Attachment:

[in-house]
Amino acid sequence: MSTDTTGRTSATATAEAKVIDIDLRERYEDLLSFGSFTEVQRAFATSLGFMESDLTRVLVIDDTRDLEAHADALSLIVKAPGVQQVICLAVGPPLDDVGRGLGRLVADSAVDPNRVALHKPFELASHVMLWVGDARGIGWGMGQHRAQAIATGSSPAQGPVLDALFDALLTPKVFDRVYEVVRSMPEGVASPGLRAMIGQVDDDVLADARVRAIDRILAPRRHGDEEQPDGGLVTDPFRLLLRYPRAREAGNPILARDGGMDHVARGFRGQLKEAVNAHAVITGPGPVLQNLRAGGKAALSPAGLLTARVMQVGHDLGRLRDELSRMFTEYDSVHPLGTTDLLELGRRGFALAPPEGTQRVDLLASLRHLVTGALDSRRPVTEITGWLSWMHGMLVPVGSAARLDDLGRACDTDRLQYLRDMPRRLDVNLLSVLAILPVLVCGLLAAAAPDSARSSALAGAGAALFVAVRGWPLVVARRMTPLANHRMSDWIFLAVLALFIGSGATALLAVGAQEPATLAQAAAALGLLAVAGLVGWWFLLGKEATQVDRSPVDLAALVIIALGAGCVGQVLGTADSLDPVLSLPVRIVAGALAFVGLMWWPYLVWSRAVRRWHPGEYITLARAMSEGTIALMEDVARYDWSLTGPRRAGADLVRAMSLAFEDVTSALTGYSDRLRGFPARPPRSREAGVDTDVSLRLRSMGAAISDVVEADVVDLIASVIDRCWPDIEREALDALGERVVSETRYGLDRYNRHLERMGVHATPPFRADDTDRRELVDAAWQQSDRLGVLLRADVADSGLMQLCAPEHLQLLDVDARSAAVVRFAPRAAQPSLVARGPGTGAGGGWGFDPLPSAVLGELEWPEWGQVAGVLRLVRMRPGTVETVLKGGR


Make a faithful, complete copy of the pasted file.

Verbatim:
[in-house]
Amino acid sequence: MSTDTTGRTSATATAEAKVIDIDLRERYEDLLSFGSFTEVQRAFATSLGFMESDLTRVLVIDDTRDLEAHADALSLIVKAPGVQQVICLAVGPPLDDVGRGLGRLVADSAVDPNRVALHKPFELASHVMLWVGDARGIGWGMGQHRAQAIATGSSPAQGPVLDALFDALLTPKVFDRVYEVVRSMPEGVASPGLRAMIGQVDDDVLADARVRAIDRILAPRRHGDEEQPDGGLVTDPFRLLLRYPRAREAGNPILARDGGMDHVARGFRGQLKEAVNAHAVITGPGPVLQNLRAGGKAALSPAGLLTARVMQVGHDLGRLRDELSRMFTEYDSVHPLGTTDLLELGRRGFALAPPEGTQRVDLLASLRHLVTGALDSRRPVTEITGWLSWMHGMLVPVGSAARLDDLGRACDTDRLQYLRDMPRRLDVNLLSVLAILPVLVCGLLAAAAPDSARSSALAGAGAALFVAVRGWPLVVARRMTPLANHRMSDWIFLAVLALFIGSGATALLAVGAQEPATLAQAAAALGLLAVAGLVGWWFLLGKEATQVDRSPVDLAALVIIALGAGCVGQVLGTADSLDPVLSLPVRIVAGALAFVGLMWWPYLVWSRAVRRWHPGEYITLARAMSEGTIALMEDVARYDWSLTGPRRAGADLVRAMSLAFEDVTSALTGYSDRLRGFPARPPRSREAGVDTDVSLRLRSMGAAISDVVEADVVDLIASVIDRCWPDIEREALDALGERVVSETRYGLDRYNRHLERMGVHATPPFRADDTDRRELVDAAWQQSDRLGVLLRADVADSGLMQLCAPEHLQLLDVDARSAAVVRFAPRAAQPSLVARGPGTGAGGGWGFDPLPSAVLGELEWPEWGQVAGVLRLVRMRPGTVETVLKGGR